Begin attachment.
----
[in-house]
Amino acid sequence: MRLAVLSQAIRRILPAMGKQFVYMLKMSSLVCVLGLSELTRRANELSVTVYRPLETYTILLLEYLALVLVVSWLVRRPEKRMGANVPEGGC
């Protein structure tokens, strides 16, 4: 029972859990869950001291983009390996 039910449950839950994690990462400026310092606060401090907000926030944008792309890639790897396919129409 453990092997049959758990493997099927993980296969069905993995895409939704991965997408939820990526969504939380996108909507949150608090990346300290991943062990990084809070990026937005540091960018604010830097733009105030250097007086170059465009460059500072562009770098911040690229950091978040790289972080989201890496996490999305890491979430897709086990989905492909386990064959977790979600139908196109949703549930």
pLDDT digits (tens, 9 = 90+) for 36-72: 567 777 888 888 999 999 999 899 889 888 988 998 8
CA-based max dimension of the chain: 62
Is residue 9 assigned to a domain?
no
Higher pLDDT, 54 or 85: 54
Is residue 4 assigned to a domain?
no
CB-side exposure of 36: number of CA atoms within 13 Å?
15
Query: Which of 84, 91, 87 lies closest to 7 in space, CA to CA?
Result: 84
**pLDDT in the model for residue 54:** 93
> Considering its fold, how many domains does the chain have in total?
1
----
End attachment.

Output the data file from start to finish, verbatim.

[in-house]
Amino acid sequence: MRLAVLSQAIRRILPAMGKQFVYMLKMSSLVCVLGLSELTRRANELSVTVYRPLETYTILLLEYLALVLVVSWLVRRPEKRMGANVPEGGC
């Protein structure tokens, strides 16, 4: 029972859990869950001291983009390996 039910449950839950994690990462400026310092606060401090907000926030944008792309890639790897396919129409 453990092997049959758990493997099927993980296969069905993995895409939704991965997408939820990526969504939380996108909507949150608090990346300290991943062990990084809070990026937005540091960018604010830097733009105030250097007086170059465009460059500072562009770098911040690229950091978040790289972080989201890496996490999305890491979430897709086990989905492909386990064959977790979600139908196109949703549930």
pLDDT digits (tens, 9 = 90+) for 36-72: 567 777 888 888 999 999 999 899 889 888 988 998 8
CA-based max dimension of the chain: 62
Is residue 9 assigned to a domain?
no
Higher pLDDT, 54 or 85: 54
Is residue 4 assigned to a domain?
no
CB-side exposure of 36: number of CA atoms within 13 Å?
15
Query: Which of 84, 91, 87 lies closest to 7 in space, CA to CA?
Result: 84
**pLDDT in the model for residue 54:** 93
> Considering its fold, how many domains does the chain have in total?
1